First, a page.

Ironically, in the 3/5 Compromise, those opposed to slavery would have excluded Blacks from the count entirely – their inclusion allowed slave-states higher levels of representation in the House, and therefore greater leverage to preserve the status quo. Playing a numbers game with human lives.
I supposed the only morally defensible course of action would have been to deny slave-states entry in the Union in the first place, on the grounds that they were opposed to the principles upon which it was founded. It’s an interesting premise for alternative history, but seems to have never been seriously considered in real life (please fill me in if I’m wrong). I guess the colonies figured they needed all the help they could get. And it is hard to imagine them pulling off the revolution without the talents of George Washington, Thomas Jefferson, and about 23 others of the 55 delegates.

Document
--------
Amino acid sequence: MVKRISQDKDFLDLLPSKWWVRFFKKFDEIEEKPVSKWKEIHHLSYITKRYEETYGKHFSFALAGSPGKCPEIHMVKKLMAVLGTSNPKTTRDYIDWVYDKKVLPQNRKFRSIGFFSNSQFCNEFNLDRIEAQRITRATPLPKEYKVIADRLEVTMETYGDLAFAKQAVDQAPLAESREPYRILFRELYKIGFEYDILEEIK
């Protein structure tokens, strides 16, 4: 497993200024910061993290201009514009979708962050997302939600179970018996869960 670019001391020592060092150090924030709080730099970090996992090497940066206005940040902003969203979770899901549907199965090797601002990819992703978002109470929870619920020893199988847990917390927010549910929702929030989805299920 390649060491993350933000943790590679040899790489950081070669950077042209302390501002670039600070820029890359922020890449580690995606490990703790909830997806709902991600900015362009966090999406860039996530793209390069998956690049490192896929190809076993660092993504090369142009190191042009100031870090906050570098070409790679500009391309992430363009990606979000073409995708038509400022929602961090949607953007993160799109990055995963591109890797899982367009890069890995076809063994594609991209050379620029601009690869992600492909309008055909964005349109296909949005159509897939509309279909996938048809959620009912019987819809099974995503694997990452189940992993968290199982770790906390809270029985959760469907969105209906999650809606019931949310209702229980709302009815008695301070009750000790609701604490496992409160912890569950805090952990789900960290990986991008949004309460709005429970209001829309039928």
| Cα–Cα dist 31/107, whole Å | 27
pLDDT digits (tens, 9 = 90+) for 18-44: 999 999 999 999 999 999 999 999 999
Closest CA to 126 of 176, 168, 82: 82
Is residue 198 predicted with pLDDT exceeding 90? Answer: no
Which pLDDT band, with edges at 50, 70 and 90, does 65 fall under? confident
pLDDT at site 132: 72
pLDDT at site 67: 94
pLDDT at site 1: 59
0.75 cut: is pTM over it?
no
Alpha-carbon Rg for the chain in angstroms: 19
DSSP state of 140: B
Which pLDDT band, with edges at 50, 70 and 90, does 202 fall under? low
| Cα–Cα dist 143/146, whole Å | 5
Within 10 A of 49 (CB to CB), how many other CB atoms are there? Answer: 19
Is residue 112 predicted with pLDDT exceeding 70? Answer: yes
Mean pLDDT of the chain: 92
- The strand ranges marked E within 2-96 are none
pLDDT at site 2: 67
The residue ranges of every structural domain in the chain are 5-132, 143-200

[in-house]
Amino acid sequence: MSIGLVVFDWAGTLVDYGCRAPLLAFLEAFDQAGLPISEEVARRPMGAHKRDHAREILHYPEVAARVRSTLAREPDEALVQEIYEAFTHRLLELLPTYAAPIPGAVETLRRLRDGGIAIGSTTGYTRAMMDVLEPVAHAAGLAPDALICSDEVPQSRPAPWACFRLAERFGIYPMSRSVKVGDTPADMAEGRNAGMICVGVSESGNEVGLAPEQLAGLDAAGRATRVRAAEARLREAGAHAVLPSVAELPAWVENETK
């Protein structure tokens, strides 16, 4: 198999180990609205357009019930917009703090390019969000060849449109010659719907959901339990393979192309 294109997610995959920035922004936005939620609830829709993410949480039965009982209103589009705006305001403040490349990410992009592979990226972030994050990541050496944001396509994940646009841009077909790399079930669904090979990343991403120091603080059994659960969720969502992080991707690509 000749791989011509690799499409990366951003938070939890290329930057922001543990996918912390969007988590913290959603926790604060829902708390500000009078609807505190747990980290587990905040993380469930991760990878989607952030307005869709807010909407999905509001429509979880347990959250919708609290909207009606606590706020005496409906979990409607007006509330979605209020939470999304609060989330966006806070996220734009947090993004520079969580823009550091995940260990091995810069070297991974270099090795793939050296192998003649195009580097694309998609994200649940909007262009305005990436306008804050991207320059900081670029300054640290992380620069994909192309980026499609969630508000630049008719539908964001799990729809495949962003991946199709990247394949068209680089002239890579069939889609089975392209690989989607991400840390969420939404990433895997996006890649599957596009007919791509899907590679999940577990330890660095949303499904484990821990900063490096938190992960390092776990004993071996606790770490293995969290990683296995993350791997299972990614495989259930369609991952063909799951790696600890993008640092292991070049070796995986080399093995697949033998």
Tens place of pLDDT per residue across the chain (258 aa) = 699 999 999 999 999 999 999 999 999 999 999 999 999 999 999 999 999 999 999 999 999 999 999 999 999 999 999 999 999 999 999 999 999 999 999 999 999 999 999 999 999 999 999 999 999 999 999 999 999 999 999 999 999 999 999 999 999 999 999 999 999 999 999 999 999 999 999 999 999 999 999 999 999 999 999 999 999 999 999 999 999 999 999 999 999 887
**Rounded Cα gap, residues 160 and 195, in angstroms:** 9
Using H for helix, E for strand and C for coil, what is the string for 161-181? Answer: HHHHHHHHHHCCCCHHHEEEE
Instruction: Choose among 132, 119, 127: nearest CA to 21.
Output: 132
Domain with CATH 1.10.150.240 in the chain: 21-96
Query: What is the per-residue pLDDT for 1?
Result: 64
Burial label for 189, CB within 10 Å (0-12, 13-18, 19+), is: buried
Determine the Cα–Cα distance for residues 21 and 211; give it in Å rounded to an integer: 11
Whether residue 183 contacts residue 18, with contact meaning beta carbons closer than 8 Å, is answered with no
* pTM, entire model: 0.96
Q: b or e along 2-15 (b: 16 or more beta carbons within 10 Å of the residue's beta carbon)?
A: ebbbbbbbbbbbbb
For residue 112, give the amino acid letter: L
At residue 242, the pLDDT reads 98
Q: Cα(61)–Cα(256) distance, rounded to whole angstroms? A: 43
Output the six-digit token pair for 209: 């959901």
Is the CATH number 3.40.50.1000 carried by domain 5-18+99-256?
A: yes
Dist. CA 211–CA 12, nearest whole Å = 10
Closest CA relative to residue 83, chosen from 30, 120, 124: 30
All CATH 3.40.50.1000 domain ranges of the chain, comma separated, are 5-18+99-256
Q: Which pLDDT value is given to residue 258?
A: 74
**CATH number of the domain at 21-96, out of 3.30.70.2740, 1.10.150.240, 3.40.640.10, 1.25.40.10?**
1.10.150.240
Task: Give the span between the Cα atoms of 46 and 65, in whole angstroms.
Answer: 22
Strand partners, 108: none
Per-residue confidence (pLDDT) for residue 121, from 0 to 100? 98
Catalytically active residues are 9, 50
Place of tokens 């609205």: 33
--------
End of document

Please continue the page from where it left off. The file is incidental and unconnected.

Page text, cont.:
Sick at heart, I will leave the exploration of amendments to another day, knowing that while the 3/5 rule is no longer law, it’s legacy is alive and strong in the way our nation continues to treat people of color.
The rest of the paragraph looks pretty dry, and honestly, this contemplation of of the “defective from the start” part of a document that continues to have so much influence on our lives has got me a little down. I’m going to go watch cartoons with my kids and revisit this section next week.